(Although if the rumors of Pathfinder outselling 4e are true, perhaps WotC isn't enjoying as much as they thought they would. Pity for them.)

    So those of us who loved the game, now love it under a different name. We play Pathfinder. Or Castles and Crusades. Or maybe we play 1st edition, but find that if something happens to our books, we can't just order new ones, but have to scour used bookstores or find shabby copies on ebay.

    This isn't a big deal; people can play whatever game they want. But real. Putting these very different games "under the same banner" is like calling Checkers and Risk the same game, and they aren't. Nor is 4e the same game we've been playing for over 30 years, and no amount of calling it that will make it so.

  6. And amp108 provides us with a pitch-perfect illustration of precisely how we should not behave. Gamers take note: if you want to come across as an awful stereotype of fanboy rage, follow amp108's brilliant example.

    Make sure you've got the following bases covered:

    1. No True Scotsman, right out of the gate. The best way to defend your hatred of something is to claim, repeatedly, that it's genuine in name only!

    2. Hyperbole everywhere! Take tangential lines of reasoning to their logical extremes!

    3. Claim to speak for a large group of people, whether or not they exist or support what you have to say.

    4. Make sure you find time to stick a "4e is teh WoWz on papar" jab in there. Nothing says "game traitor" louder than a desire for mass market appeal!

    5. Unfounded pronouncements of doom/concern trolling is a must.

    6. As a follow-up to point number one, be sure to make it clear that your game of choice IS THE REAL D&D, no matter what it's called.

    7. Finally, suggest that the only reason anyone believes that your most hated edition is actually D&D is because we all keep telling ourselves that, late at night, huddled under our covers with our arms wrapped around hastily-signed Mike Mearls body pillows.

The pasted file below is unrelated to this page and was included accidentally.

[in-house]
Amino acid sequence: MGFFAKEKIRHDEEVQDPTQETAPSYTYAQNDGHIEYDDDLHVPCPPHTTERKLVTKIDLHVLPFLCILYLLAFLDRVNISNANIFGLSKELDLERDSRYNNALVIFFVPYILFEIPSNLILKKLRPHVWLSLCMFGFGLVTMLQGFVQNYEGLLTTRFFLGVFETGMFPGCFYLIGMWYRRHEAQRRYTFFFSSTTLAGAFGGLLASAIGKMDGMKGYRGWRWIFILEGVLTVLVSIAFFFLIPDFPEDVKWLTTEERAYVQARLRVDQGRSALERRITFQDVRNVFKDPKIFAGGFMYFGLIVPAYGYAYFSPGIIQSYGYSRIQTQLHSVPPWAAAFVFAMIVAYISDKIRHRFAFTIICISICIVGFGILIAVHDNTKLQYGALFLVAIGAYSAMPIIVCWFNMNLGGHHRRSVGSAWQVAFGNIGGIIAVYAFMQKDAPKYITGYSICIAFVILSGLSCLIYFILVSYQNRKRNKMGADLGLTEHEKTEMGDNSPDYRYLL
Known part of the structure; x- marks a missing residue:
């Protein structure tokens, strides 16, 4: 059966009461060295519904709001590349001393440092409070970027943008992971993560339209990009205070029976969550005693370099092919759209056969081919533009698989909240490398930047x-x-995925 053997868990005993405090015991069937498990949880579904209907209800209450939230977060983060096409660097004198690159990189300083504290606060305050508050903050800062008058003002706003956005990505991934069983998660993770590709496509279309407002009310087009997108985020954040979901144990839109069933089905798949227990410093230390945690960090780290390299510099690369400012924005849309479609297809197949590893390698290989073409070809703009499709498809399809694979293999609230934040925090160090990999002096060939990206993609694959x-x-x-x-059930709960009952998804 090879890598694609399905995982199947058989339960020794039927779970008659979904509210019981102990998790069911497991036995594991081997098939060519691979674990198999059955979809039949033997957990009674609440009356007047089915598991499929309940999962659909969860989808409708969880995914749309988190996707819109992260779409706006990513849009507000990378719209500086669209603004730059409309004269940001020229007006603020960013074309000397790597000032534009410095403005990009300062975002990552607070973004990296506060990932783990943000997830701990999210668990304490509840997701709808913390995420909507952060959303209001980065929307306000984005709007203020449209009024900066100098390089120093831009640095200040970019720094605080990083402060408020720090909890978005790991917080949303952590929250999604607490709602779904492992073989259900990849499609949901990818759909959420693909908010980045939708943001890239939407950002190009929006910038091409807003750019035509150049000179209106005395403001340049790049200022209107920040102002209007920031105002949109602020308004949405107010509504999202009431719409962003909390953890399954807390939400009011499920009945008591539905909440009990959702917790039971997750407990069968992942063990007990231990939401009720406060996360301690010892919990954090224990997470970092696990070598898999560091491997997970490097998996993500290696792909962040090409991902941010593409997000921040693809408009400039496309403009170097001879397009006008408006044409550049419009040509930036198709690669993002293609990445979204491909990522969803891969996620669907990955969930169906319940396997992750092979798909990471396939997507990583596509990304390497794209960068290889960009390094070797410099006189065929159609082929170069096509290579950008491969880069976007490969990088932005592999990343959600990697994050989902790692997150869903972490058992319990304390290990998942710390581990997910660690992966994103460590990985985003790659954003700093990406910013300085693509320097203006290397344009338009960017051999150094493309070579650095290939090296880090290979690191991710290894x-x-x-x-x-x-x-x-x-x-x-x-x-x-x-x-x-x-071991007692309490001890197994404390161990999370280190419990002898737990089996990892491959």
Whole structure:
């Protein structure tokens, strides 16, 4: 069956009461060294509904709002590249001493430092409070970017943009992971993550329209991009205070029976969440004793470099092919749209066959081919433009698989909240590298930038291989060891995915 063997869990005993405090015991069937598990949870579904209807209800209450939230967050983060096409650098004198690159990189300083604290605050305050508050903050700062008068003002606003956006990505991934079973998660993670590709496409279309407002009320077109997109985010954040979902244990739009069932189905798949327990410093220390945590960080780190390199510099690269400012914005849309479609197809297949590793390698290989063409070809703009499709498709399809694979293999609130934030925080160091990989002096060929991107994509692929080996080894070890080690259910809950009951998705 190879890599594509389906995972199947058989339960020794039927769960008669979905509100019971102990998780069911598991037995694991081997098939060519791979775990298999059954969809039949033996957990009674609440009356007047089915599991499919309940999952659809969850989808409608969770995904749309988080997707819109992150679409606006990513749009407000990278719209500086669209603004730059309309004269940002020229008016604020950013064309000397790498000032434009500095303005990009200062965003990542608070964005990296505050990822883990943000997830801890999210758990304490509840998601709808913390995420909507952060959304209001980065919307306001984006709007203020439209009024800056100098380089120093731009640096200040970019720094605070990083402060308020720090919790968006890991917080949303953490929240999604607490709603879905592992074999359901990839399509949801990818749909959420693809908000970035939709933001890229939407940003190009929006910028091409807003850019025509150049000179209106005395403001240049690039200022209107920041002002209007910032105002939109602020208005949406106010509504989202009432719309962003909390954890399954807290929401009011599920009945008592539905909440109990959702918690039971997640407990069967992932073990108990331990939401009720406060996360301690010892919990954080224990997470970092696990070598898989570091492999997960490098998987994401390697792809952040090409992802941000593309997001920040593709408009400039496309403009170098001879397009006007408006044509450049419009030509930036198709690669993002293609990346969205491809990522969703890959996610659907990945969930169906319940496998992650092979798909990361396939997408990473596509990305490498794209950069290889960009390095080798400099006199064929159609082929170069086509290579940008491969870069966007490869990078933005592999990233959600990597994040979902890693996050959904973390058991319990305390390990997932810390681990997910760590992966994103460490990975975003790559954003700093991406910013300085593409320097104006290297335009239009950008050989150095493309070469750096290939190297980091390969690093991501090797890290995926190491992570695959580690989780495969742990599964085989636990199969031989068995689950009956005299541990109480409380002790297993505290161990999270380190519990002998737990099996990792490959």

Pretty soon, you'll be whipping your own opinion out whenever you feel like it, too!

  7. @amp108 By that logic a computer from the 80s can't be a computer because they don't have anywhere near the same features as a computer now.

  8. Edition wars boil down to a simple question – is the new entry a worthy one? On the one side you have those who agree that is a worthy entry, and so consider it to be a part of a whole which they have loved for a long time. On the other side you have those you feel it is not worthy, who because of their great love of the old, and dislike of the new feel many of the same intense emotions one might expect of a spouse who has been betrayed.

    In a perfect world everyone involved could just be happy with their own opinion and go about their business, but humans are by their nature social and have a great desire to share their opinions, especially opinions which are very strong. Unfortunately, those who love the new entry and those who hate it tend to express their opinions loudly and in close proximaty to each other.